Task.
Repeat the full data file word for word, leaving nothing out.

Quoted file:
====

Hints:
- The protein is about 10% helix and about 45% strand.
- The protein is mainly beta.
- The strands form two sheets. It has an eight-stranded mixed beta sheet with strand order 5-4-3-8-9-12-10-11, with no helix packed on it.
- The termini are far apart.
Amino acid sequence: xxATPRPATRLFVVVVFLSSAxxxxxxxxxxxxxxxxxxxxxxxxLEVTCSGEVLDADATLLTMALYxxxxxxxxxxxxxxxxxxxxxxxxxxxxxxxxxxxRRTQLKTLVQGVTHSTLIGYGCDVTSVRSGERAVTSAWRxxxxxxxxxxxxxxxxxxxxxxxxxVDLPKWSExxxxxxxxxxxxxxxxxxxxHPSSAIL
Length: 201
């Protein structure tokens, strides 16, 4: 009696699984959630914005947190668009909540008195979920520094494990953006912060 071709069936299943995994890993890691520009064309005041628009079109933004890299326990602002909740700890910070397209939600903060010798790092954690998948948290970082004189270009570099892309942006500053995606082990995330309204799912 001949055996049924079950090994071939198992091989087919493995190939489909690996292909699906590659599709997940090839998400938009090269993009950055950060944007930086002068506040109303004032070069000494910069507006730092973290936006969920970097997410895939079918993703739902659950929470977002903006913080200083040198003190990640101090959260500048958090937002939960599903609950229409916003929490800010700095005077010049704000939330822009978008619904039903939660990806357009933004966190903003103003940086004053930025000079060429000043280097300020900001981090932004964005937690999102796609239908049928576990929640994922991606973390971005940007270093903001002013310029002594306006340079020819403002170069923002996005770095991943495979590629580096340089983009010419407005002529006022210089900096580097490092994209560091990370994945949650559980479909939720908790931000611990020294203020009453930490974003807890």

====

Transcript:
Hints:
- The protein is about 10% helix and about 45% strand.
- The protein is mainly beta.
- The strands form two sheets. It has an eight-stranded mixed beta sheet with strand order 5-4-3-8-9-12-10-11, with no helix packed on it.
- The termini are far apart.
Amino acid sequence: xxATPRPATRLFVVVVFLSSAxxxxxxxxxxxxxxxxxxxxxxxxLEVTCSGEVLDADATLLTMALYxxxxxxxxxxxxxxxxxxxxxxxxxxxxxxxxxxxRRTQLKTLVQGVTHSTLIGYGCDVTSVRSGERAVTSAWRxxxxxxxxxxxxxxxxxxxxxxxxxVDLPKWSExxxxxxxxxxxxxxxxxxxxHPSSAIL
Length: 201
């Protein structure tokens, strides 16, 4: 009696699984959630914005947190668009909540008195979920520094494990953006912060 071709069936299943995994890993890691520009064309005041628009079109933004890299326990602002909740700890910070397209939600903060010798790092954690998948948290970082004189270009570099892309942006500053995606082990995330309204799912 001949055996049924079950090994071939198992091989087919493995190939489909690996292909699906590659599709997940090839998400938009090269993009950055950060944007930086002068506040109303004032070069000494910069507006730092973290936006969920970097997410895939079918993703739902659950929470977002903006913080200083040198003190990640101090959260500048958090937002939960599903609950229409916003929490800010700095005077010049704000939330822009978008619904039903939660990806357009933004966190903003103003940086004053930025000079060429000043280097300020900001981090932004964005937690999102796609239908049928576990929640994922991606973390971005940007270093903001002013310029002594306006340079020819403002170069923002996005770095991943495979590629580096340089983009010419407005002529006022210089900096580097490092994209560091990370994945949650559980479909939720908790931000611990020294203020009453930490974003807890």